Nature is really weird.
About as wide as a human pinky nail when fully grown, the immortal jellyfish (scientific name: Turritopsis dohrnii) was discovered in the Mediterranean Sea in 1883. But its unique ability was not discovered until the 1990s.
Turritopsis typically reproduces the old-fashioned way, by the meeting of free-floating sperm and eggs. And most of the time they die the old-fashioned way too.
But when starvation, physical damage, or other crises arise, "instead of sure death, [Turritopsis] transforms all of its existing cells into a younger state," said study author Maria Pia Miglietta, a researcher at Pennsylvania State University.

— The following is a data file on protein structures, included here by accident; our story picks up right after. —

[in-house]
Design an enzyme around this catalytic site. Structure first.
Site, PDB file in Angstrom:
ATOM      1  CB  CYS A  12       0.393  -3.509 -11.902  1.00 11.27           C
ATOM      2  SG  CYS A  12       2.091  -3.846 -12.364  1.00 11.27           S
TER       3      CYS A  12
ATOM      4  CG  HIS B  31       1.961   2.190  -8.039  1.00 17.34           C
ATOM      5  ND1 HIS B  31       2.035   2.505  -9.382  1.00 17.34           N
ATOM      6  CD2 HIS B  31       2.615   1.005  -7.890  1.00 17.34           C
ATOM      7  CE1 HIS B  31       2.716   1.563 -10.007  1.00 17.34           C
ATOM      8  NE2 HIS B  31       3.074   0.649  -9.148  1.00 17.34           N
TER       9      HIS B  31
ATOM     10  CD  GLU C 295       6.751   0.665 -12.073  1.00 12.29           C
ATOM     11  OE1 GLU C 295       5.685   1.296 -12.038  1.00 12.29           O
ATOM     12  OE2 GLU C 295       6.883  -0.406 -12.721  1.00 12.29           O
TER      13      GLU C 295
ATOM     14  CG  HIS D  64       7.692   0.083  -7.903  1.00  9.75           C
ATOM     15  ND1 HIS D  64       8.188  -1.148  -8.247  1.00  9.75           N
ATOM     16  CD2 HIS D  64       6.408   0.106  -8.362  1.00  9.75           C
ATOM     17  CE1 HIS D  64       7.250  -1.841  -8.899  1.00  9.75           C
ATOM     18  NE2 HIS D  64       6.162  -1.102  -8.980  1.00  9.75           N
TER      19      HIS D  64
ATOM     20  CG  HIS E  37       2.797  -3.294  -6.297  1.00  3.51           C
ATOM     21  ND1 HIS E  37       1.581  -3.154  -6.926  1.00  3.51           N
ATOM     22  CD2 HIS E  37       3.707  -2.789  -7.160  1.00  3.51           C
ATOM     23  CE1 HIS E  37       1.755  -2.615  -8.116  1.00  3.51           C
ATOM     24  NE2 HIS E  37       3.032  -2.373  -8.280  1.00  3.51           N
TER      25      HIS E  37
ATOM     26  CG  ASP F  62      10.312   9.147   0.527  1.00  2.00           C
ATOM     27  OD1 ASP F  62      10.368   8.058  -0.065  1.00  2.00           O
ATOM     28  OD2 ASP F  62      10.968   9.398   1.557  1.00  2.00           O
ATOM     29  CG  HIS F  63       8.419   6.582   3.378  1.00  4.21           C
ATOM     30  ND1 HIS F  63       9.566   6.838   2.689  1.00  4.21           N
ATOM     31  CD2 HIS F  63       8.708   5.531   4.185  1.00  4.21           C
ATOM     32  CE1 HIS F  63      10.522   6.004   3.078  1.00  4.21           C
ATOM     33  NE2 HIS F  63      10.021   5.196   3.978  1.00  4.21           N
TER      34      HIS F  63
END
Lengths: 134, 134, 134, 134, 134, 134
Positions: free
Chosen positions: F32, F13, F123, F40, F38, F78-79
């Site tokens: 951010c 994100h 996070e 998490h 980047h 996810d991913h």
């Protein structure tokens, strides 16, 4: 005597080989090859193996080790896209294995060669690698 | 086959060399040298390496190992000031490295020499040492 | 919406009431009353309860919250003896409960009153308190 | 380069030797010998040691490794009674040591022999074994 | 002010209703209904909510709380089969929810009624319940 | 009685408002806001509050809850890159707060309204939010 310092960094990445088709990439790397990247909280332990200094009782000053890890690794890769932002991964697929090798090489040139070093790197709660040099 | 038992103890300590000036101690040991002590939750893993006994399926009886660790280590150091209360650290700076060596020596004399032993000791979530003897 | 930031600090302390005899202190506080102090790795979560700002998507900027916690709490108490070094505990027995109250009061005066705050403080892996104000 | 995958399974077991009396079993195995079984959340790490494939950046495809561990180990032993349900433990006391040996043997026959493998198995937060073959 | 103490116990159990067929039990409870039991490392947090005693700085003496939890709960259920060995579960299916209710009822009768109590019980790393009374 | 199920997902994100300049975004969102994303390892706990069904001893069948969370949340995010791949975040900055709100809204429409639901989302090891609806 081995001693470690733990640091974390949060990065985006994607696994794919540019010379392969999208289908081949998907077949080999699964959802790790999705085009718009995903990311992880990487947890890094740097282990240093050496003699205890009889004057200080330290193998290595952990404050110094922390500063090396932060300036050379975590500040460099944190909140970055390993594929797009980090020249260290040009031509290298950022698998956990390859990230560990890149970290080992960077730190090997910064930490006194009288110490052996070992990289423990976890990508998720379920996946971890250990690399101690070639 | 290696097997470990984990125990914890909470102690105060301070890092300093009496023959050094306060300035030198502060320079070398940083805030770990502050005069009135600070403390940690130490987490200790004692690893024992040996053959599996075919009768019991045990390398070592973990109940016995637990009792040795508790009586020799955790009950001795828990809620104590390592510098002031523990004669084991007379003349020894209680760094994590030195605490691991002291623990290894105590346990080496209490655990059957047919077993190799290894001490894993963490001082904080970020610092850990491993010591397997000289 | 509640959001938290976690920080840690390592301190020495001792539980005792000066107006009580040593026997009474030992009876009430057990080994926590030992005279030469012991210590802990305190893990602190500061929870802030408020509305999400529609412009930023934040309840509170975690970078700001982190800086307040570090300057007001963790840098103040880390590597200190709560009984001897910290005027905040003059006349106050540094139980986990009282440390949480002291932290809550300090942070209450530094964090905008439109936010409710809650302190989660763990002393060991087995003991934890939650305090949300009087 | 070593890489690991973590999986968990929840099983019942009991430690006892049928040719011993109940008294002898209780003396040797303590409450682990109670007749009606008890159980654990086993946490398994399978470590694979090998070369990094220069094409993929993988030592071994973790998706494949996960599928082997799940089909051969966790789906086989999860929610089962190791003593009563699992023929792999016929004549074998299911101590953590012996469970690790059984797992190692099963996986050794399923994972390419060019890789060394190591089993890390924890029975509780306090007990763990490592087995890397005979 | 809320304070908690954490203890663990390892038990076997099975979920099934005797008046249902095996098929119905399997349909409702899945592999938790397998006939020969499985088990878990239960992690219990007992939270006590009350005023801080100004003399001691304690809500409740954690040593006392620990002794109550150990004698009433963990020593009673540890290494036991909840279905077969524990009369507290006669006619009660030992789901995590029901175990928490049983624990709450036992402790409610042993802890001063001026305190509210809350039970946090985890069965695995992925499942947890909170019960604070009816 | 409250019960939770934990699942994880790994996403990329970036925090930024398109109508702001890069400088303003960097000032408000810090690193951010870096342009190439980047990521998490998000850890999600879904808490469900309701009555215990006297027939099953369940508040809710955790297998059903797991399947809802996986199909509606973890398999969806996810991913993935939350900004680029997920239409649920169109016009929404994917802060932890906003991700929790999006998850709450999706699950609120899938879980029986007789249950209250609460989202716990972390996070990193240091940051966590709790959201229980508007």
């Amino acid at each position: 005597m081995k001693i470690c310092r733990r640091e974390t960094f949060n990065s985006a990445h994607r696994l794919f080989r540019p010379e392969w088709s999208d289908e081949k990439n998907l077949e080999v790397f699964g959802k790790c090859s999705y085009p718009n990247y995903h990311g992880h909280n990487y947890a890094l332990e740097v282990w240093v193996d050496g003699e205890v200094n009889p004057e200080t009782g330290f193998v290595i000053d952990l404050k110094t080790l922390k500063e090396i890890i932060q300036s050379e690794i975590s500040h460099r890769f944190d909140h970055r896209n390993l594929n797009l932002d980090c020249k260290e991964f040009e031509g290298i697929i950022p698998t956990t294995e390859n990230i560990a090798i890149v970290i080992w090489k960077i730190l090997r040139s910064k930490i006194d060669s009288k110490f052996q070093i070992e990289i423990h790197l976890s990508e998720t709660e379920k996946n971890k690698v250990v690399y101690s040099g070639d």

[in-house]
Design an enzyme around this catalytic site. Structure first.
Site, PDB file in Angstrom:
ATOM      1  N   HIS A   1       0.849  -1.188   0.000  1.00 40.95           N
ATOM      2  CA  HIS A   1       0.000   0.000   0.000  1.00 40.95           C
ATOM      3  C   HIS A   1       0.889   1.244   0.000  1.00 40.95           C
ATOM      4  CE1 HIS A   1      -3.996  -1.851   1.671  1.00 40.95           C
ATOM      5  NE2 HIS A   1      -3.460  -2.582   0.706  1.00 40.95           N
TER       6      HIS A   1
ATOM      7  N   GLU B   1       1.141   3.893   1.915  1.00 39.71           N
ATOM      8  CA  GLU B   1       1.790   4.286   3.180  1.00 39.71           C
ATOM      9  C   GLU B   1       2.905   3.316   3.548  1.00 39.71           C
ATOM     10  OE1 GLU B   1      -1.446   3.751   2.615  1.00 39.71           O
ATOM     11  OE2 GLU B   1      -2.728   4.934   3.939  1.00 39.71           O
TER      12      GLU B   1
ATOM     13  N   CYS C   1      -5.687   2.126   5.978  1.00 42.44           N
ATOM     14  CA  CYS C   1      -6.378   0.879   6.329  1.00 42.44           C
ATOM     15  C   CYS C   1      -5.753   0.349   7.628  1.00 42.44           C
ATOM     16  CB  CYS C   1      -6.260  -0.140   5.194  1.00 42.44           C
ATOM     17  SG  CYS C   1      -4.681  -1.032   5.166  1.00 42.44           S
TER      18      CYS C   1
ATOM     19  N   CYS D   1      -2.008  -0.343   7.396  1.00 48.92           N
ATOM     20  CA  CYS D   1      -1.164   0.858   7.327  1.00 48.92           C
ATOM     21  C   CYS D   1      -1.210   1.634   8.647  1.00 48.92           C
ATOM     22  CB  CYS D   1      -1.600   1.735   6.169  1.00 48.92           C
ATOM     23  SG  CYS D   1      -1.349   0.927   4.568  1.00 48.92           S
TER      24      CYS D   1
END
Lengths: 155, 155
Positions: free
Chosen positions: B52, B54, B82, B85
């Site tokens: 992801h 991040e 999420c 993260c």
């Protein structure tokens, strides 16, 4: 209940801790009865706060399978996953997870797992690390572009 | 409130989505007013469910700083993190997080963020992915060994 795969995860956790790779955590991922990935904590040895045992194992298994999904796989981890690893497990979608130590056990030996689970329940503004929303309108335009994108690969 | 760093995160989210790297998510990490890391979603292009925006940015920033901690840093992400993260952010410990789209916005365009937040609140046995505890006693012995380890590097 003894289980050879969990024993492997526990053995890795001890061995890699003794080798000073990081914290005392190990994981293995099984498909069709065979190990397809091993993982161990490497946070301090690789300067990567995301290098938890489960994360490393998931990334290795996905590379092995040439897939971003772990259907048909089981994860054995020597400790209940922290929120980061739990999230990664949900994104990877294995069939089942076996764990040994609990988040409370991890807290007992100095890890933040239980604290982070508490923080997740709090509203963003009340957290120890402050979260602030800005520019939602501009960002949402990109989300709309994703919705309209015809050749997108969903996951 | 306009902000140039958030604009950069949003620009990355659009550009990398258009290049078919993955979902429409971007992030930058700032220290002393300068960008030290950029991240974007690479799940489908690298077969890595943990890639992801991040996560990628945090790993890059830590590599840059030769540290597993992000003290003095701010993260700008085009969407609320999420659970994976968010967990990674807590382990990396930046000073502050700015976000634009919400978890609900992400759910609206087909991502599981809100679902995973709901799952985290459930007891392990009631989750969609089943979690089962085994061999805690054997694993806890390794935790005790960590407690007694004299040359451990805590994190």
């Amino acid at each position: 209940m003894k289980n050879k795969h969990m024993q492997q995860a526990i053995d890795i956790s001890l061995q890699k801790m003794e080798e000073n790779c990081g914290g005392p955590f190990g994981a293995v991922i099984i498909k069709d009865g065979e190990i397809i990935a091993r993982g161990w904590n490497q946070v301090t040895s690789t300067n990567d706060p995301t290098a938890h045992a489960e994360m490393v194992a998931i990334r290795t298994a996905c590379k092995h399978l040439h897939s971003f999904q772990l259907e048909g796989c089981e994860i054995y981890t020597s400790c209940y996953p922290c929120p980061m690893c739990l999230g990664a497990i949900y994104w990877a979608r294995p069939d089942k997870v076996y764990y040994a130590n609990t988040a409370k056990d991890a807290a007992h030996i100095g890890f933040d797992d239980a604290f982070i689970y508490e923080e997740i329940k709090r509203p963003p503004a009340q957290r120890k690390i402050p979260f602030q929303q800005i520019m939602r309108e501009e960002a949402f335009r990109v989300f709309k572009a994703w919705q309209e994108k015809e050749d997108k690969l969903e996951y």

The jellyfish turns itself into a bloblike cyst, which then develops into a polyp colony, essentially the first stage in jellyfish life.
The jellyfish's cells are often completely transformed in the process. Muscle cells can become nerve cells or even sperm or eggs.
Through asexual reproduction, the resulting polyp colony can spawn hundreds of genetically identical jellyfish—near perfect copies of the original adult.
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